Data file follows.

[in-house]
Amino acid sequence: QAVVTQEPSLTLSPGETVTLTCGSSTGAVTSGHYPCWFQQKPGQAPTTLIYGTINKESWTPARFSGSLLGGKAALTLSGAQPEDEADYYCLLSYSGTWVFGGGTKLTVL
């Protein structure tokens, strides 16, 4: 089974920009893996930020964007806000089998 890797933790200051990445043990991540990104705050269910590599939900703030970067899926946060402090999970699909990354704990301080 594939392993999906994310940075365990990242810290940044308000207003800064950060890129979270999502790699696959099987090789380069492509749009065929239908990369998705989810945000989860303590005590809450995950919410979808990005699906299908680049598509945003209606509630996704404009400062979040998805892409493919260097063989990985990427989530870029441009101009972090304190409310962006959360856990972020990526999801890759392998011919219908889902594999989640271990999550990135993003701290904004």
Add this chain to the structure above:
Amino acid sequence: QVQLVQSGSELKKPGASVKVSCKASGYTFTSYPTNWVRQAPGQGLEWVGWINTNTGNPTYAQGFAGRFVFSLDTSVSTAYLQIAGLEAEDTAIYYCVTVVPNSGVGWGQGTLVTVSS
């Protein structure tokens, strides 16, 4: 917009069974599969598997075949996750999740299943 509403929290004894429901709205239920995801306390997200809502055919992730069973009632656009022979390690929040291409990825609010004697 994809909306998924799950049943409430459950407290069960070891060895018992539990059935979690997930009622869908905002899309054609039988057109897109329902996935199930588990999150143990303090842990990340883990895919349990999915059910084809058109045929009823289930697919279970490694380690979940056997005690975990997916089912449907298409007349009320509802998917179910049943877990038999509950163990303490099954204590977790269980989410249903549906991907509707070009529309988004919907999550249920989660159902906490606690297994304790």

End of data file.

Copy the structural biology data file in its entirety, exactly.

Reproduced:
[in-house]
Amino acid sequence: QAVVTQEPSLTLSPGETVTLTCGSSTGAVTSGHYPCWFQQKPGQAPTTLIYGTINKESWTPARFSGSLLGGKAALTLSGAQPEDEADYYCLLSYSGTWVFGGGTKLTVL
């Protein structure tokens, strides 16, 4: 089974920009893996930020964007806000089998 890797933790200051990445043990991540990104705050269910590599939900703030970067899926946060402090999970699909990354704990301080 594939392993999906994310940075365990990242810290940044308000207003800064950060890129979270999502790699696959099987090789380069492509749009065929239908990369998705989810945000989860303590005590809450995950919410979808990005699906299908680049598509945003209606509630996704404009400062979040998805892409493919260097063989990985990427989530870029441009101009972090304190409310962006959360856990972020990526999801890759392998011919219908889902594999989640271990999550990135993003701290904004």
Add this chain to the structure above:
Amino acid sequence: QVQLVQSGSELKKPGASVKVSCKASGYTFTSYPTNWVRQAPGQGLEWVGWINTNTGNPTYAQGFAGRFVFSLDTSVSTAYLQIAGLEAEDTAIYYCVTVVPNSGVGWGQGTLVTVSS
């Protein structure tokens, strides 16, 4: 917009069974599969598997075949996750999740299943 509403929290004894429901709205239920995801306390997200809502055919992730069973009632656009022979390690929040291409990825609010004697 994809909306998924799950049943409430459950407290069960070891060895018992539990059935979690997930009622869908905002899309054609039988057109897109329902996935199930588990999150143990303090842990990340883990895919349990999915059910084809058109045929009823289930697919279970490694380690979940056997005690975990997916089912449907298409007349009320509802998917179910049943877990038999509950163990303490099954204590977790269980989410249903549906991907509707070009529309988004919907999550249920989660159902906490606690297994304790």